Child poverty undermines equity and contributes to poorer outcomes in health, nutrition education and general wellbeing for children who live in the poorest households. Poorer children are also more vulnerable to the impacts of natural and man-made disasters and to abuse and exploitation. Child poverty is also an obstacle to fulfilling all aspects of the United Nations Convention on the Rights of the Child.
Reducing child poverty
In Montenegro, 32% of children aged 0 to 17 are at risk of poverty. 40% of children are at risk of poverty or social exclusion.
Poverty is transmitted from one generation to the next. Breaking the cycle of poverty depends on investments by governments, civil society and families in child wellbeing and equity. No society has ever seen a broad-based reduction in poverty without major and sustained investments in children. Strategic investments in children, particularly in early childhood contribute to long term economic growth. Harnessing the potential of all children to grow and contribute to economic and democratic development is a pre-requisite for securing a better future for Montenegro.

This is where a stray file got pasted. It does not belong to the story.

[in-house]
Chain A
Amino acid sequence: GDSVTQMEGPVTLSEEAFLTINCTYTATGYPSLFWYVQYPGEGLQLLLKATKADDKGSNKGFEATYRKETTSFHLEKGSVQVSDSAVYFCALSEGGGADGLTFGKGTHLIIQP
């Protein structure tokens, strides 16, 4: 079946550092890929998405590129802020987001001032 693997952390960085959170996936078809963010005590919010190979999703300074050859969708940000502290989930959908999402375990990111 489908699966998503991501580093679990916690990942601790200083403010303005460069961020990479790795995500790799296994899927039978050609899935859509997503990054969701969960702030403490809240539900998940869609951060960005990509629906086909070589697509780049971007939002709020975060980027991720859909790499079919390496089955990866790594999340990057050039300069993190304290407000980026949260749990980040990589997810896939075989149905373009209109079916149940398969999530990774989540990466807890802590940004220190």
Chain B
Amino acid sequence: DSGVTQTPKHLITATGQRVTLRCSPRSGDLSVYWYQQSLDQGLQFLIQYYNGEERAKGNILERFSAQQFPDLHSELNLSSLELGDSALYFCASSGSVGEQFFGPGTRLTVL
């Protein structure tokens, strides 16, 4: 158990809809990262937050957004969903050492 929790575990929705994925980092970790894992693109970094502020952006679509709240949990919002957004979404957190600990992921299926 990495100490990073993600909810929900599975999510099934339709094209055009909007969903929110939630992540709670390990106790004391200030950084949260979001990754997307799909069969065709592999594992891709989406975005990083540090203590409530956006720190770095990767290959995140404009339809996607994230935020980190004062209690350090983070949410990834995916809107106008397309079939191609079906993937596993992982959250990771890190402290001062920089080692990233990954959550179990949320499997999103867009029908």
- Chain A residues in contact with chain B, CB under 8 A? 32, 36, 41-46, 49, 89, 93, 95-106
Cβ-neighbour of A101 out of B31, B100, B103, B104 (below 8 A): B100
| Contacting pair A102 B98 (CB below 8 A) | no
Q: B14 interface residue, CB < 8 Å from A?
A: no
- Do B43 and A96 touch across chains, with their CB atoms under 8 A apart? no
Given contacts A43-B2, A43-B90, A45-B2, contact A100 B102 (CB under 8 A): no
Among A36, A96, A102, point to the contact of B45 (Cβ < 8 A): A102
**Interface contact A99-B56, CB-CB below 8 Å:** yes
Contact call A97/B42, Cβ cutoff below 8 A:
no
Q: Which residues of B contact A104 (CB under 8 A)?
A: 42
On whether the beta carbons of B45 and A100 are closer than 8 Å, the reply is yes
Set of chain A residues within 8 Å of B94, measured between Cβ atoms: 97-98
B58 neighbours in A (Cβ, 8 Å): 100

Systematic efforts are needed to strengthen the social protection system to ensure an adequate living standard of the most disadvantaged children and families. This is in line with 2030 Agenda, Montenegro’s commitments under the CRC and CRPD, the Europe 2020 strategy, the EU Social Inclusion Agenda to invest in children and break cycles of disadvantage, and the Government of Montenegro Strategy for Social and Child Protection (2018-2022). Establishment of child-friendly social protection services must proceed in parallel with stronger, inclusive health and education services, and the development of family and community-based support services.
Child Poverty in Montenegro (2011)
Multiple Indicator Cluster Survey, Roma Settlements, Key Findings (2013)
Multiple Indicator Cluster Survey, Key Findings (2013)